The Agony and the Ecstasy of Making Things Up

Mrs. Cole Porter Writing

This week, my novel writing students have to think about whether or not they are “Outline People” or “No Outline People,” or (more likely) something in between. I decided to write about this, too.

What’s my process?

I'm probably on the left side of the spectrum....
I’m probably on the left side of the spectrum….

Here’s how I know I’m a plotter.

This is how I taught myself to write a novel. By writing a nonfiction novel rather than a fictional one, I didn’t have to “make up” plot. Actually, I had more plot than I knew what to do with.

Plot as a Given

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How to turn stories into a novel, or vice versa

How to turn stories into a novel, or vice versa

Teaching Writing

If you’re looking for a way to turn a novel into short stories or (more likely) turn stories into a novel, try these activities.

Novels into Stories

1.) Read “The Beau Monde of Mrs. Bridge,” a short story by Evan S. Connell published in The Paris Review 10, Fall 1955

2.) Take a good look at this short story. If you’ve read the book, then you know that Mrs. Bridge the novel is comprised of 117 titled vignettes. But “Mrs Bridge” the short story pre-dates the novel. “Beau Monde” the short story contains 12 of the eventual novel’s vignettes (in this order: 61, 39, 37, 60, 91, 99, 84, 86, 18, 102, 41, plus one titled “Equality” not found in the novel).

3.) Pretend for a moment that you are Evan S. Connell. You wrote the short story “Beau Monde” because you wanted to satirize the small-minded racial and class politics of your hometown. And you did that. Quite successfully. It’s just out in this new magazine called The Paris Review. But now what? Maybe you’re not quite done with this Mrs. Bridge. What about her husband? How did they meet? What would happen if this very American couple went on a European tour? What of her children? How will she respond when they grow up and challenge her worldview? And what about her best friend, Grace Barron? You open up the pleats. You write more vignettes. Most fit on a single piece of typing paper. They’re more than scenes, but less than chapters. They’re what Mark Oppenheimer in The Believer calls “chapterlets.” In fifty years or so, people might call them “flash fictions.” Each vignette is a building block, a movable unit, a piece of paper. You lay them out on the floor, tape them to the walls, trying to figure out how they go together.

This is exactly what I wanted to do when I finished the book: tear out the pages and lay them on the floor, tape them to the walls. I wanted them to be tangible, detachable things. So, I used post-it notes to create a thumbnail sketch of each vignette. This really didn’t take that long because I’d just read the book. A few hours.   Continue reading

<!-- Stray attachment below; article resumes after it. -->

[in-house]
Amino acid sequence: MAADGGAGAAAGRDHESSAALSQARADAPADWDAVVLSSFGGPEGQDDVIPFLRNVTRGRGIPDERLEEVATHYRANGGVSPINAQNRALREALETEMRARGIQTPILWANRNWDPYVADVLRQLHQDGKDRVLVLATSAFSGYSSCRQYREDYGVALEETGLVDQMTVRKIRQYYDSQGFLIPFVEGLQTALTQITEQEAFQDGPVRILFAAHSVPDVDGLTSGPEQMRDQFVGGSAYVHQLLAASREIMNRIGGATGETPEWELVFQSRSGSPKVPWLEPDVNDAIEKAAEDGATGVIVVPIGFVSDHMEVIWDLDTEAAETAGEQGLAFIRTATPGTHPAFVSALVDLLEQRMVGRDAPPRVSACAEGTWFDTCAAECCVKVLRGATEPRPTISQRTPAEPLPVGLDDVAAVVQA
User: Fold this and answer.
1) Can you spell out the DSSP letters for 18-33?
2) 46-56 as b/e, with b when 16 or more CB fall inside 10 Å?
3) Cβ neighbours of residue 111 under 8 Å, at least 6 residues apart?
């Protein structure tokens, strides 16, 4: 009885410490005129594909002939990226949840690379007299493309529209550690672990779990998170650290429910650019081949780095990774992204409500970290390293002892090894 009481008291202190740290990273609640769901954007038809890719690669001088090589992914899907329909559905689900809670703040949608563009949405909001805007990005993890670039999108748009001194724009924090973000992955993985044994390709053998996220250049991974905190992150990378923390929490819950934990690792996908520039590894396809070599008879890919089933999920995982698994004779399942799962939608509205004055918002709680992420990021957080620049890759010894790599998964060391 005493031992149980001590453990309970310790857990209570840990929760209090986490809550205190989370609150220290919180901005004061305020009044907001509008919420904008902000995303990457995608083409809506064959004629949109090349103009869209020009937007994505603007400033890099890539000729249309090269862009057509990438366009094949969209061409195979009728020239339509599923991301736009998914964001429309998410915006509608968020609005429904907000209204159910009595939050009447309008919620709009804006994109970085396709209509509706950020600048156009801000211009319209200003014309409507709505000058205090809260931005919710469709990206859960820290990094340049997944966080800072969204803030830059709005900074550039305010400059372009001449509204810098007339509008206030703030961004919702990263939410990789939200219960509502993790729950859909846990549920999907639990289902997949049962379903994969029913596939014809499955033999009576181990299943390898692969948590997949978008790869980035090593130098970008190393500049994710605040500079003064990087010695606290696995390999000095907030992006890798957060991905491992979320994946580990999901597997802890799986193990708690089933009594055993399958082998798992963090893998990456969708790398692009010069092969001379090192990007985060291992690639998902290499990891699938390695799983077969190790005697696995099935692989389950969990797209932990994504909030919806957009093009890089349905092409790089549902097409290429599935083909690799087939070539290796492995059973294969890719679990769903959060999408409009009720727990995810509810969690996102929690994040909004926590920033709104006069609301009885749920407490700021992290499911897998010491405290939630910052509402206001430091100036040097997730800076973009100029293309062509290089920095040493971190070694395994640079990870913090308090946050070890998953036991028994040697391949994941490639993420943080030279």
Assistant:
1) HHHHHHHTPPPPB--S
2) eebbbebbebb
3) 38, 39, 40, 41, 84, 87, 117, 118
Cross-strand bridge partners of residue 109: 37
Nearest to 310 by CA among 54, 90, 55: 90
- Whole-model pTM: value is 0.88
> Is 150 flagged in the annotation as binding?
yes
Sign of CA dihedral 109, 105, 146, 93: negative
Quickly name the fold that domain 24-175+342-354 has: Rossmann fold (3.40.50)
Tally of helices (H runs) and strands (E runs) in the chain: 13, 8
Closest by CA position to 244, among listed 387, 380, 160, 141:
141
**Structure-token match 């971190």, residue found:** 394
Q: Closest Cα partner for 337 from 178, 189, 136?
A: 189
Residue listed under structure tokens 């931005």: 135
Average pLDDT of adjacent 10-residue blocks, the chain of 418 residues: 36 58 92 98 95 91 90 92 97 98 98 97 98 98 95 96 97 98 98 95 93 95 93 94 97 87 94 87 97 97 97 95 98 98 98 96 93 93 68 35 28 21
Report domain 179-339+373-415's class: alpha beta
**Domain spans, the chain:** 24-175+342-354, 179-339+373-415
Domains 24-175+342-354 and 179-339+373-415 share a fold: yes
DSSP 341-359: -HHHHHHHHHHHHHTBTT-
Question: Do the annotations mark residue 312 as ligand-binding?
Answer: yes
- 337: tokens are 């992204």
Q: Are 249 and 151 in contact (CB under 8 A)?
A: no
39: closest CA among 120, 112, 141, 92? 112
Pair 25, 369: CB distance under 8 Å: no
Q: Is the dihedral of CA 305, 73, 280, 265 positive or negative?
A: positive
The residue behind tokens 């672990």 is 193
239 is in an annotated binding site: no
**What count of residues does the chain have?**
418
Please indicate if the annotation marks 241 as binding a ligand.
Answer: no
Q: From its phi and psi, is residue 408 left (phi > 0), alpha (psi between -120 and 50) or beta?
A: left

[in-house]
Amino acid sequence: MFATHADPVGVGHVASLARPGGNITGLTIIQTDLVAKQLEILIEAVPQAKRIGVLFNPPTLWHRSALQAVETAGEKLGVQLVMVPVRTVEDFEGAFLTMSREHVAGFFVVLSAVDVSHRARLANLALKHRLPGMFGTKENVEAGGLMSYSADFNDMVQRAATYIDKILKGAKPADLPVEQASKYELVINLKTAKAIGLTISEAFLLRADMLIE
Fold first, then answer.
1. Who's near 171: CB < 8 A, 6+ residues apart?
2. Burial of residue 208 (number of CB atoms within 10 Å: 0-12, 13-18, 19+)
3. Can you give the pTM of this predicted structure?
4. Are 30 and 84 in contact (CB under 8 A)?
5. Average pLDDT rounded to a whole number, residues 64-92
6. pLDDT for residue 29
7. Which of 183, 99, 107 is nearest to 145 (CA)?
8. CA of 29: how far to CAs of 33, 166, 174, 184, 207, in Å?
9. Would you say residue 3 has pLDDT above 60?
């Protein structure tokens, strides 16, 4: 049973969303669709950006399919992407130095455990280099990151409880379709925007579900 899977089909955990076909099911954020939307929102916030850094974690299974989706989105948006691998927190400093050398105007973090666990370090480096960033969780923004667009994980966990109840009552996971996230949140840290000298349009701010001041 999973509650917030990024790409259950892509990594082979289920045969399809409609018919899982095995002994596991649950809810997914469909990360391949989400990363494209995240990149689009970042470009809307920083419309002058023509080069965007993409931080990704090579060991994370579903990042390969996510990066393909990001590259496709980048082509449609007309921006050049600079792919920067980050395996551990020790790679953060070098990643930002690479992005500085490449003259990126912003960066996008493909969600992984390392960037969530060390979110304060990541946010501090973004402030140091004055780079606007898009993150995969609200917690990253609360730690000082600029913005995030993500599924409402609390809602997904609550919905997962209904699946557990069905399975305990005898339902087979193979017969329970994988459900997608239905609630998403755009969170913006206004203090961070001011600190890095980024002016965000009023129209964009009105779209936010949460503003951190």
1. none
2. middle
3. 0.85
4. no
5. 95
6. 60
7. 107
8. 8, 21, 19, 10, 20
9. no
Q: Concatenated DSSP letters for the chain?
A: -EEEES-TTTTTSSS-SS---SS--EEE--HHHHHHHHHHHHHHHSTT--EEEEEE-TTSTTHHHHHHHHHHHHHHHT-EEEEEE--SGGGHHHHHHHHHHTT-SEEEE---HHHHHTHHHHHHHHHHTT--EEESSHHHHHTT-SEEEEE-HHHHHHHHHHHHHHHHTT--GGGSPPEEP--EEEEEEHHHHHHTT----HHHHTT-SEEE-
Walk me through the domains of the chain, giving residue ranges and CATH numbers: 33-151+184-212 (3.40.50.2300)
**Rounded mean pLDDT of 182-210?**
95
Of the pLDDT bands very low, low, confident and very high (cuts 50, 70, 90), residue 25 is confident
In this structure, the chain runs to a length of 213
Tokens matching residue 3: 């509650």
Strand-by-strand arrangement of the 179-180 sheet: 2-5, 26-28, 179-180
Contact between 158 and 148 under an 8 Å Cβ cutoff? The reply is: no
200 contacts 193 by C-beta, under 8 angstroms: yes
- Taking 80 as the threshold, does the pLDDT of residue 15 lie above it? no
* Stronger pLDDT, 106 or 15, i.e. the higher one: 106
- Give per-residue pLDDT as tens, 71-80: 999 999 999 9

Reflective Essays: What They Learned This Semester


It’s that time of year when our students turn in their portfolios–along with the “reflective essay” in which they articulate what they learned this semester. I love reading them. This term, I asked my students to turn those essays into blog posts. NOT something written to me, but to you.

As you know by now, my goal for the last year or so has been to help my students move from “story” to “book” by tweaking how I approach my courses. specifically, how I run (or don’t run) the workshop. I taught three classes this term, two of which had a public course blog attached to them. One was an undergraduate advanced fiction writing class on “novels” and a graduate course on “linked stories.” But really, they were BOTH classes on novel writing–one explicitly (the undergrad) and one implicitly (the grad).

Each class has a blog, which you can peruse. Continue reading

Storyboard Class

Storyboard Class

Teaching Writing

There are Two Kinds of Novelists 

  • Outline people (aka “Plotters”)
  • No Outline People (aka “Pantsers,” because they write by the seat of their pants).

I am an Outline Person. I was born that way.

On Saturday, December 10 from 1-4 PM, I’ll be teaching a class called “Storyboard Your Novel” for the Writers’ Center of Indiana.

Here’s the description: Continue reading

A course description for a novel-writing class

A course description for a novel-writing class


Are you ready to get serious about leading a Big Thing writing class? I know I am. Here’s my plan for my Advanced Fiction Writing course during Fall 2011.

Course Description

In this class, all students will be required to produce at least 50,000 original words, the first draft of a new work. This will not be done only during November’s “National Novel Writing Month,” but rather over the course of the entire semester. The course will be characterized by: intense focus on the writing process and on developing a writing regimen; weekly word count check ins; “studio” in-class writing time; practice in creating an outline or storyboard of a book; small peer groups for feedback; and analysis of a few contemporary novels that will serve as models.

Course Objectives Continue reading

Notes Toward a Supreme Fiction

Notes Toward a Supreme Fiction


Back to the Survey Monkey survey I gave my students on November 16. This is a fairly long post, but that’s because it’s about one of the most important decisions my students had to make.

Question 3: How would you describe the extent to which you prepared for NaNoWriMo?

Many hours, lots of concrete planning: 5

A few hours, some concrete planning: 6

Hardly any time, hardly any planning: 2

No time, no planning:  0

Are you happy with the amount of time you spent planning? Continue reading